With Advanced Clean Fleets Regulation, CARB Sets Aggressive Targets and Timelines
The California Air Resources Board (CARB) has released the text of its proposed Advanced Clean Fleets regulation, which is designed to require wide-scale and rapid adoption of battery-electric and fuel cell-powered trucks in the state. With this draft regulation, California continues its aggressive efforts to curtail tailpipe emissions in the state and sends a signal to manufacturers that electric and fuel cells vehicles will be preferred in medium- and heavy-duty applications. The regulation will likely serve as a model for other states, including the 14 states (plus the District of Columbia) that signed an MOU with California in 2013 to cooperate on zero emission vehicle rules.
The key provisions of the regulation are as follows:
- First, beginning with Model Year 2040, manufacturers who sell medium- and heavy-duty on-road vehicles in California only may sell “zero emission vehicles,” with the only exception being authorized emergency vehicles. The term “zero-emission vehicles” is defined consistently with existing California regulations and is very strict, to mean “an on-road vehicle with a drivetrain that produces zero exhaust emissions of any criteria pollutant (or precursor pollutant) or greenhouse gas under any possible operational modes or conditions.” Only battery-powered and fuel cell vehicles meet that definition currently. Other drivetrain technologies, such as hydrogen internal combustion engines, do not qualify, if, as tested according to California requirements, they emit “any” criteria pollutant (including nitrogen oxides) or greenhouse gas.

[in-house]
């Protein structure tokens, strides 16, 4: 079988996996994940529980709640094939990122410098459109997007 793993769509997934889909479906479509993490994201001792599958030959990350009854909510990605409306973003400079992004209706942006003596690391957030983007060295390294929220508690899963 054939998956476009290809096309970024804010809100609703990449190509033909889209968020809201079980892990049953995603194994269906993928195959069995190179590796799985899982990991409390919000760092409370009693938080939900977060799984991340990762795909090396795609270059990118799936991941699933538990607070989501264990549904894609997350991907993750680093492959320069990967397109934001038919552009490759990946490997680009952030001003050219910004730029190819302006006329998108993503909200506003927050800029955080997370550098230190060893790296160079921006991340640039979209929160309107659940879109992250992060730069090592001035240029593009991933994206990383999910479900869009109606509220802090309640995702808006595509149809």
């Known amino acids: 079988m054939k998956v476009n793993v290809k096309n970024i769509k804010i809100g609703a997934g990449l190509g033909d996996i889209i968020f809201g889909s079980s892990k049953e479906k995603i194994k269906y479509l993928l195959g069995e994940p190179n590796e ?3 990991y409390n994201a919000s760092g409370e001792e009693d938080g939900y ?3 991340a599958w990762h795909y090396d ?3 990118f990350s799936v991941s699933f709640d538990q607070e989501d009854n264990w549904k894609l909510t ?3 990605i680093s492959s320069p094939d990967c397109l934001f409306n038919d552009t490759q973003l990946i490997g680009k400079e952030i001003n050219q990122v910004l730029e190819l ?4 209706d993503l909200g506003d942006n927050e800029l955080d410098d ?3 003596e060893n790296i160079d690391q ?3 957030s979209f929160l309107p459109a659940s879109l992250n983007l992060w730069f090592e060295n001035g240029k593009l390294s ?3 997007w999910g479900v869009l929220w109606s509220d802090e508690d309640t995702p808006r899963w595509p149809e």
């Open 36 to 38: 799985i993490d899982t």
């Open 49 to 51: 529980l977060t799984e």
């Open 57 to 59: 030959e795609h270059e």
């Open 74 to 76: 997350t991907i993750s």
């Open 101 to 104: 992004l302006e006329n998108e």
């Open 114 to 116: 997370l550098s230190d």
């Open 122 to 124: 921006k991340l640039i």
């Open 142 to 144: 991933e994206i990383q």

- Second, beginning in 2025, 50% of the total annual vehicle purchases by public agencies that do not solely serve low-population areas must be zero-emission vehicles. By 2027, all vehicles purchased by public agencies in the state must be zero-emission vehicles. These requirements are subject to certain exemptions for emergency vehicles, snow removal vehicles, historical vehicles, military tactical vehicles, school buses, and transit vehicles covered by the Innovative Clean Transit regulation.
- Third, owners of fleets of certain vans, trucks and work vehicles in California must make zero emission vehicles an increasing percentage of their fleet, starting in 2025, with different schedules for different types of vehicles. There are exemptions for backup vehicles and emergency vehicles, as well as compliance pathways to use hybrid vehicles for a period of time. However, regulated fleets will need to be 100% zero emission starting in 2035 for box trucks or vans, two-axle buses, and yard tractors; by 2042 all regulated fleets must be composed of 100% zero emission vehicles.
- Finally, beginning on November 1, 2023, all drayage trucks (heavy-duty trucks that operate in seaports and intermodal railyards) that register with the state drayage truck database for the first time must have a zero-emissions powertrain and be a zero-emission vehicle. The term “zero-emissions powertrain” is defined to include only all-electric or hydrogen fuel cell powertrains. Legacy drayage trucks would be allowed to operate in the state (a) for 13 years after certification or (b) until the truck travels 800,000 miles or 18 years from the date of original certification, whichever is earlier. Beginning January 1, 2035 all drayage trucks must be zero-emission vehicles. As with the other regulations announced in this package, there are certain exceptions, for example for emergency vehicles, trucks that operate at facilities exempted by executive order, and trucks operating during emergencies.
A public hearing on the draft regulation is scheduled for September 9, 2021. CARB is requesting comments by September 27 on the draft regulation and on an accompanying document describing the agency’s cost assumptions.